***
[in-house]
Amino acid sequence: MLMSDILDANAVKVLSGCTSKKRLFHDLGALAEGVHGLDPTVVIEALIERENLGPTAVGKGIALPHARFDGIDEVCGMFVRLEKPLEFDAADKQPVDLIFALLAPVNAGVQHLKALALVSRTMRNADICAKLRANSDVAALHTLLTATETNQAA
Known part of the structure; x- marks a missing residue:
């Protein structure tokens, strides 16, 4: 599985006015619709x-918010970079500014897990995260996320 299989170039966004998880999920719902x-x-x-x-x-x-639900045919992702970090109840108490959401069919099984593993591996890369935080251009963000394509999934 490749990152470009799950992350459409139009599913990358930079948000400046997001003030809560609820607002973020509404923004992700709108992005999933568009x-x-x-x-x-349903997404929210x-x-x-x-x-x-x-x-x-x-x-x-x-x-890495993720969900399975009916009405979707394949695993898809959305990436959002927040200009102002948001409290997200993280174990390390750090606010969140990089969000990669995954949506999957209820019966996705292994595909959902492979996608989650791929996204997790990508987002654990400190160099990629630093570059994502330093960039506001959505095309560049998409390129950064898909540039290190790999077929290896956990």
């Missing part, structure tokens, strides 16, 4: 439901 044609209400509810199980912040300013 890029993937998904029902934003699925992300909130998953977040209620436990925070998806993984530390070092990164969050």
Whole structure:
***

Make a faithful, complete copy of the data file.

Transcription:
[in-house]
Amino acid sequence: MLMSDILDANAVKVLSGCTSKKRLFHDLGALAEGVHGLDPTVVIEALIERENLGPTAVGKGIALPHARFDGIDEVCGMFVRLEKPLEFDAADKQPVDLIFALLAPVNAGVQHLKALALVSRTMRNADICAKLRANSDVAALHTLLTATETNQAA
Known part of the structure; x- marks a missing residue:
């Protein structure tokens, strides 16, 4: 599985006015619709x-918010970079500014897990995260996320 299989170039966004998880999920719902x-x-x-x-x-x-639900045919992702970090109840108490959401069919099984593993591996890369935080251009963000394509999934 490749990152470009799950992350459409139009599913990358930079948000400046997001003030809560609820607002973020509404923004992700709108992005999933568009x-x-x-x-x-349903997404929210x-x-x-x-x-x-x-x-x-x-x-x-x-x-890495993720969900399975009916009405979707394949695993898809959305990436959002927040200009102002948001409290997200993280174990390390750090606010969140990089969000990669995954949506999957209820019966996705292994595909959902492979996608989650791929996204997790990508987002654990400190160099990629630093570059994502330093960039506001959505095309560049998409390129950064898909540039290190790999077929290896956990």
């Missing part, structure tokens, strides 16, 4: 439901 044609209400509810199980912040300013 890029993937998904029902934003699925992300909130998953977040209620436990925070998806993984530390070092990164969050």
Whole structure: